My hands itch with inaction while my country churns with racist violence.
That sentence sounds melodramatic. I wish that it were. But in the aftermath of a week during which police officers murdered two Black men as witnesses recorded their deaths and snipers then murdered 5 Dallas police officers during a peaceful protest, it isn't. Tragically, it is merely accurate.
Figuring out what to do to help is difficult. And it can be paralyzingly overwhelming when trying to figure out the best means of taking useful action. But if you, too, are looking for ways to be of use - to roll up your sleeves and get your hands dirty with a little praxis - this list is a good place to start.
(Note: Some of these apply directly and pointedly to white people. Because, shit, white people: racism is a white problem. And, therefore, racist institutions are white problems. And, therefore, institutionalized racist violence is a white problem.)
Maximum Middle Age, quickly becoming one of my favorite websites, brings us Avital Norman Nathman's excellent recommendations on how white people can be effective and compassionate allies to Black people. Do those things. Read those articles. Say those names. Now do it again.
Want to get involved locally, but don't know where to start or which questions to ask? Start with this excellent collection of Tweets from Ijeoma Olumo. Learn the answers to the questions she asks, then start writing emails to your police department, your attorney general, your mayor, your city council.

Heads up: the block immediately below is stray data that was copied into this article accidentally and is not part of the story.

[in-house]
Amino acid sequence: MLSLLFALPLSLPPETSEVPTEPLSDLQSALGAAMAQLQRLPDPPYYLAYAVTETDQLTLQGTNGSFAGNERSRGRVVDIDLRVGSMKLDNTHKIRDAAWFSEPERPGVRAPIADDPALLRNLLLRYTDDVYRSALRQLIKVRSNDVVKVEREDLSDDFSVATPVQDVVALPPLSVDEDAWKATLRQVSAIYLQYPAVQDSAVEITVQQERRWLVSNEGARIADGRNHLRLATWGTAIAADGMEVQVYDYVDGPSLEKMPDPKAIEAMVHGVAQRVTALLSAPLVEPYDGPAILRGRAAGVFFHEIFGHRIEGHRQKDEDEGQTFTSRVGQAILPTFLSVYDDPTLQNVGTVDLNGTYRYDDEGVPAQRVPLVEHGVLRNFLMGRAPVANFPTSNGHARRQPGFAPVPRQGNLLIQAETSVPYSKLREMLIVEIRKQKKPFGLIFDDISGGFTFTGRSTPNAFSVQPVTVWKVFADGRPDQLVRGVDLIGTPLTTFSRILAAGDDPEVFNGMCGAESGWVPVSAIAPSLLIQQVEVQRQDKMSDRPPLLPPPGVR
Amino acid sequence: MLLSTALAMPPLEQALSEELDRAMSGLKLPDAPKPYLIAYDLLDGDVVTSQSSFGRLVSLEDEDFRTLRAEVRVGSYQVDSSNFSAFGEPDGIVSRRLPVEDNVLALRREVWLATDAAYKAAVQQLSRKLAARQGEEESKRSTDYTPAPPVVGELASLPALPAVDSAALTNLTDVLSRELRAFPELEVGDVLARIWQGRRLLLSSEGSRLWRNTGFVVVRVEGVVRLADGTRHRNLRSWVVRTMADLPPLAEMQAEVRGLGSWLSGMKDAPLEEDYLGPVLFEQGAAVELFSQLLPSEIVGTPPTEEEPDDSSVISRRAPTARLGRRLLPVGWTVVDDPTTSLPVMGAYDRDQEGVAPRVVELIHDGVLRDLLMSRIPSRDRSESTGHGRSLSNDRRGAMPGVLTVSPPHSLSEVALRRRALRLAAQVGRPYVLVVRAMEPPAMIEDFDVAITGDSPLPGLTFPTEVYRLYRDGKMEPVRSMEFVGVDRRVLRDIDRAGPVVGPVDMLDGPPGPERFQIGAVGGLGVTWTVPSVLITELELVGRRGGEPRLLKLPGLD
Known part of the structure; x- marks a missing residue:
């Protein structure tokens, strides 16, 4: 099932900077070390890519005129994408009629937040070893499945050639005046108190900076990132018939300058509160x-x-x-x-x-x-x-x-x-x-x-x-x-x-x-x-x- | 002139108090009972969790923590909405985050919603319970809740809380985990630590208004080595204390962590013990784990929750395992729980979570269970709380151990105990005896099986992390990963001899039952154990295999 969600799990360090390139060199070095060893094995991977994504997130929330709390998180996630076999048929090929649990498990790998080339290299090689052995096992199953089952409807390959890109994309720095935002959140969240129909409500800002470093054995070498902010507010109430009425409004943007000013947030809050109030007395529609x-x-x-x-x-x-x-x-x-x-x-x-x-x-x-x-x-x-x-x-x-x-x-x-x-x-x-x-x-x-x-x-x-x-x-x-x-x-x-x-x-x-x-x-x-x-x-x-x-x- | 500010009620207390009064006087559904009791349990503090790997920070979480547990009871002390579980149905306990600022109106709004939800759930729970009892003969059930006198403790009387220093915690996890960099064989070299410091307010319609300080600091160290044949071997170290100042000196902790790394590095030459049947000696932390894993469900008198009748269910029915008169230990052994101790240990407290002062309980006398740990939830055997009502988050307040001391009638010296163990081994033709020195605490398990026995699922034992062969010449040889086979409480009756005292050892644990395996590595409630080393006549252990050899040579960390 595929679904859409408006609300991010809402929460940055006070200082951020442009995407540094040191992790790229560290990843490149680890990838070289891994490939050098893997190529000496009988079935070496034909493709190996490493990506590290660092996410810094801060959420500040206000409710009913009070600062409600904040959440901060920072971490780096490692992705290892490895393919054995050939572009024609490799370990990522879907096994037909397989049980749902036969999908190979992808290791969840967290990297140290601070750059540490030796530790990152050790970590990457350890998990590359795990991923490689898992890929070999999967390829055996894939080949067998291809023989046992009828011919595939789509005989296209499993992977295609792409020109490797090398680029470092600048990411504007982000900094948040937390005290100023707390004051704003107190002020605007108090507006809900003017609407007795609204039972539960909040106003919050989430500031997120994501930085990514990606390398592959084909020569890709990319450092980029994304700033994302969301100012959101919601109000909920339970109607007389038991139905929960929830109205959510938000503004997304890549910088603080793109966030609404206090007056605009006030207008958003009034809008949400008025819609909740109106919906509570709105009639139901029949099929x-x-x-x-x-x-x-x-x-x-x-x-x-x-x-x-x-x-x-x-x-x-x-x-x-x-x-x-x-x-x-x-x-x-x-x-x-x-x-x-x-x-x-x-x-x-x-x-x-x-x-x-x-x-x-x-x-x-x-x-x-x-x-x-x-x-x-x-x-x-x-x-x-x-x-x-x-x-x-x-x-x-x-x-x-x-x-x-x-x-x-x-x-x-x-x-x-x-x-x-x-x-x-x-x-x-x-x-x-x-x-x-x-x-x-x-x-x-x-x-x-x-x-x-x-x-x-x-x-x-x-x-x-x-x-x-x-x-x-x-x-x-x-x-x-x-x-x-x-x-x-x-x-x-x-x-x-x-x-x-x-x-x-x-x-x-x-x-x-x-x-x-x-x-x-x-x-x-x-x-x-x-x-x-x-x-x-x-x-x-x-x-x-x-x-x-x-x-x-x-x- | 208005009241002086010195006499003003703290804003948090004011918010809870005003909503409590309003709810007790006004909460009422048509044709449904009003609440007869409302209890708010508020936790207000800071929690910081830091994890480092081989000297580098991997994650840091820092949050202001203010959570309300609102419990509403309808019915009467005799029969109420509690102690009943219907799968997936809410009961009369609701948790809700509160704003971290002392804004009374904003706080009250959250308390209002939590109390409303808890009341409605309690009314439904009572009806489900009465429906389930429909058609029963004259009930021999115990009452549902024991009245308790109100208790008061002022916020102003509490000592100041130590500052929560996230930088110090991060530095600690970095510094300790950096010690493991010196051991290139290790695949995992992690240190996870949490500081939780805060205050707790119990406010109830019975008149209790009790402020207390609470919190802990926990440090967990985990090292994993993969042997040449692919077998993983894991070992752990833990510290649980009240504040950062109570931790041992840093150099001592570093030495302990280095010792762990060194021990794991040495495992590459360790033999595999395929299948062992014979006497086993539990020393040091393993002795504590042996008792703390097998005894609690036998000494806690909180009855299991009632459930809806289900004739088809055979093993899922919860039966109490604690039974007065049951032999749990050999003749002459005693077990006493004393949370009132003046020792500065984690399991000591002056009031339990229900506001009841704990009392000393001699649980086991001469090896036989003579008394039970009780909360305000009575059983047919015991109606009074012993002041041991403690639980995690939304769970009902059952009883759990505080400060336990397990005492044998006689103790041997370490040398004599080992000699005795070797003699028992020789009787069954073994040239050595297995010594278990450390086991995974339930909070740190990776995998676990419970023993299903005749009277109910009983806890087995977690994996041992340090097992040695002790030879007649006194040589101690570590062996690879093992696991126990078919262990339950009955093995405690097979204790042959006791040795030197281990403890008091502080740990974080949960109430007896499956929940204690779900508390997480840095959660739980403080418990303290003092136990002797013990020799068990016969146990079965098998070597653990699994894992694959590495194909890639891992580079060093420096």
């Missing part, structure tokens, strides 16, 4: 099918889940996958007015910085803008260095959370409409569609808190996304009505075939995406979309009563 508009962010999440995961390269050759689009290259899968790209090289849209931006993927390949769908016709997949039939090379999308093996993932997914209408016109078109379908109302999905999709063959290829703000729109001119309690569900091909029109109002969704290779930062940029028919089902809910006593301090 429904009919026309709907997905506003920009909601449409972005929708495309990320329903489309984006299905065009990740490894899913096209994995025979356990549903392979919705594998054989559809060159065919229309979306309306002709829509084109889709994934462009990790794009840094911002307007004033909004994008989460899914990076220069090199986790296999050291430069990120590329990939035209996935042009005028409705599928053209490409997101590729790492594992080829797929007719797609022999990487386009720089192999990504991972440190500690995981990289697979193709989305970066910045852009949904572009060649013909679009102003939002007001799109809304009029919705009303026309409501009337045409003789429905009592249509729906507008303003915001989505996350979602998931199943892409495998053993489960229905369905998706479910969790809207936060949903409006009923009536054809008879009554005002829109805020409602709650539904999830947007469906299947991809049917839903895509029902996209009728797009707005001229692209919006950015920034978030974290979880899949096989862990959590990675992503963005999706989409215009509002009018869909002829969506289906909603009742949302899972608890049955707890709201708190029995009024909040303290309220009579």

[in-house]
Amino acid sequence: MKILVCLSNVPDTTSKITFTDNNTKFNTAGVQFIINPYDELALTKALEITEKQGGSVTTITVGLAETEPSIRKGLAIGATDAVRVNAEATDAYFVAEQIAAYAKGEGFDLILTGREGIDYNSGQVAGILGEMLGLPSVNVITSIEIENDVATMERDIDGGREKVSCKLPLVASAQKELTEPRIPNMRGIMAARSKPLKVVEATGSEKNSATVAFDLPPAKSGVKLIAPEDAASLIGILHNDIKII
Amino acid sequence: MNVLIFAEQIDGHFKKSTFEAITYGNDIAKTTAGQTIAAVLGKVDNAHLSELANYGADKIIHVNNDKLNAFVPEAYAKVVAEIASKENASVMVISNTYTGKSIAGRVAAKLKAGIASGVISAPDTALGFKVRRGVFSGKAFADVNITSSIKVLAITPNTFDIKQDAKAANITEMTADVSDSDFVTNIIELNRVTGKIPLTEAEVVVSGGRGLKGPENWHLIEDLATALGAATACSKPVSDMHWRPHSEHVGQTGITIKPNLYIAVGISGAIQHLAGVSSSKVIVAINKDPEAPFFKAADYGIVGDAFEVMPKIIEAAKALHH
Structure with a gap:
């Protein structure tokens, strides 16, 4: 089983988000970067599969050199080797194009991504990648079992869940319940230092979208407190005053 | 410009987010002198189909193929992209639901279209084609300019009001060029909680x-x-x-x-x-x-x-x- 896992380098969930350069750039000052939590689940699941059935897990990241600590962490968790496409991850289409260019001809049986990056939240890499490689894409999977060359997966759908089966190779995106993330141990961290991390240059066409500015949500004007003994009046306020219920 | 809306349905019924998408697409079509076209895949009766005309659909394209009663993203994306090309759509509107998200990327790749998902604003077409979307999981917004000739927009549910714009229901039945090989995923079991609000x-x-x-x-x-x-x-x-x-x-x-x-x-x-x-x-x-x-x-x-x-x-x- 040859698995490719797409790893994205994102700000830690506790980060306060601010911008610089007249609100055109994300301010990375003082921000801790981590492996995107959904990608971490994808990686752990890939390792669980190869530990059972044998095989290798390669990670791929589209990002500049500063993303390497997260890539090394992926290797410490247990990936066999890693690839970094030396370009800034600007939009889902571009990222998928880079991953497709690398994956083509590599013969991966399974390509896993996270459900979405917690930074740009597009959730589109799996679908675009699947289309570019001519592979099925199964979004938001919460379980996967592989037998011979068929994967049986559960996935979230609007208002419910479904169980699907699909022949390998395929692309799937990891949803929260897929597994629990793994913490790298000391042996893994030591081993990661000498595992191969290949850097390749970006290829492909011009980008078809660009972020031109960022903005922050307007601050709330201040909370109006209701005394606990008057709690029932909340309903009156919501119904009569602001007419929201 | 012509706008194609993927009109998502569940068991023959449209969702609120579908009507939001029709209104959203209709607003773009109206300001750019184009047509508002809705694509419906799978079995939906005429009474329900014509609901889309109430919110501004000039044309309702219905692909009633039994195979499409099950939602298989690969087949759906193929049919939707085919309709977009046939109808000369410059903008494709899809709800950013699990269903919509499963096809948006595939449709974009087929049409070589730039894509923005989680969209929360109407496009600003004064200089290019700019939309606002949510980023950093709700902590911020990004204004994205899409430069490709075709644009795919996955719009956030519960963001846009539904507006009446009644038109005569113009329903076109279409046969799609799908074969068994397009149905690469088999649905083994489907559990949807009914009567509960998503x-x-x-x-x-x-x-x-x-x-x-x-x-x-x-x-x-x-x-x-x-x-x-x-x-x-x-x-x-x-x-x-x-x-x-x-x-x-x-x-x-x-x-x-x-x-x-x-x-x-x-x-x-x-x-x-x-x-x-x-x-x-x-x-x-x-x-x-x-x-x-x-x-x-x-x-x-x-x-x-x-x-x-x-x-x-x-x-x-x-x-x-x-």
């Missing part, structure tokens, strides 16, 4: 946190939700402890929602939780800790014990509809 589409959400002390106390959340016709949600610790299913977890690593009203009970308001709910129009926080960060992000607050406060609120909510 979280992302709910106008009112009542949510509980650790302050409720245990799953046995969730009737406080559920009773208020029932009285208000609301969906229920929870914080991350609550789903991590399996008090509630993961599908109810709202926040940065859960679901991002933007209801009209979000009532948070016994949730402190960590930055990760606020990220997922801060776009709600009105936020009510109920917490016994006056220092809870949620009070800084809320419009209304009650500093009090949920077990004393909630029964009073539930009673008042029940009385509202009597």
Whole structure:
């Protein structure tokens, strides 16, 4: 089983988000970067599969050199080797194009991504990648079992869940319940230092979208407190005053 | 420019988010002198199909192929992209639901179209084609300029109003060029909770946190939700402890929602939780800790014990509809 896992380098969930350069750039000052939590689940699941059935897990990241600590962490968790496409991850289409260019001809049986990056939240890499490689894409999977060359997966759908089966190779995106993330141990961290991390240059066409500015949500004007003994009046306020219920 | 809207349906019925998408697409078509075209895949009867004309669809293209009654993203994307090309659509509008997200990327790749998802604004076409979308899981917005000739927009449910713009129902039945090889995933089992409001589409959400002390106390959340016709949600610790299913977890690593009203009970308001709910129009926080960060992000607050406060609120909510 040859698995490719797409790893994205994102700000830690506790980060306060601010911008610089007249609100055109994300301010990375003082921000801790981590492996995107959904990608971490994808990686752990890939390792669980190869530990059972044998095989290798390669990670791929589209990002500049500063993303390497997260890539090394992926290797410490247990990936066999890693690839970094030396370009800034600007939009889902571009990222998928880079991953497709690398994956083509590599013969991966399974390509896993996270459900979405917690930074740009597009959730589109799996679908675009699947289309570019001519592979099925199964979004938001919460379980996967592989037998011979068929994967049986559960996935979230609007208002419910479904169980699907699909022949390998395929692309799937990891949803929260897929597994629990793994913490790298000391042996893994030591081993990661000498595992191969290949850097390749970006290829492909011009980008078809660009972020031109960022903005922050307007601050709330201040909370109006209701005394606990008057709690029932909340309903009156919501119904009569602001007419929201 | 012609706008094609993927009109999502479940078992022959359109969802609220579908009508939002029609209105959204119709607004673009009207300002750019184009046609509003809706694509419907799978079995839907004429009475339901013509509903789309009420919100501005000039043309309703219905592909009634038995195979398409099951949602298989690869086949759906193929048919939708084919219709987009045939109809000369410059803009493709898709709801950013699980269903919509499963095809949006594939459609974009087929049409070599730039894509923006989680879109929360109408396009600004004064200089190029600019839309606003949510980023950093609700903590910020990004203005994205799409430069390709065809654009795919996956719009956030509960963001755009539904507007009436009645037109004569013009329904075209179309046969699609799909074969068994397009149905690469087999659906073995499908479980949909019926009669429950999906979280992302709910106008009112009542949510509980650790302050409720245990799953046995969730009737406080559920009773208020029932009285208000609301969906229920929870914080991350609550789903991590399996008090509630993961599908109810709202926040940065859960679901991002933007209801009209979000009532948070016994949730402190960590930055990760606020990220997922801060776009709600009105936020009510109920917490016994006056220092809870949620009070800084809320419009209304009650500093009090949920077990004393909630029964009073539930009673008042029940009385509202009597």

Hey! Are you white? I know I am! After we've let Ijeoma Olumo be our guide and write our script, let's follow these guidelines for Good White Behavior at BLM or other racial justice events. (As in, let's not be one of the people other white people should "collect," as referenced in "Concrete Ways to Be an Actual Ally to Black People.")
Another useful how-to if you're planning on hitting the streets. (But, for the love of God, if you happen to get "Oskar Barnack ∞ Oscar Grant" in your head while you're doing this, don't sing it aloud.)
Do you have kids? Trick question! Doesn't matter! You should read this regardless of whether or not you have children in your life. It might come in handy when trying to find calm, rational words to explain racism to full-grown adults. Just chock full of goodness, this piece.
If you're like me, you keep finding yourself reading questions like "What are all these Black people protesting all the time anyway?" on your older relatives' Facebook walls. Go do good work and inform them that this is not a hypothetical question and that they can actually seek an answer to their query. The answer is, in part, here. Encourage them to answer their own damn question!
Here on Smarty Mommies we harp on and on about self-care and how important it is to support the work we do as thoughtful parents. Now imagine the work of caring for a community, of affecting change, of saving our people from our people. That's going to require some serious self-care if we are to do that huge work. Taking care of yourself so you can take care of business is radical and vital. Take care of yourselves, friends.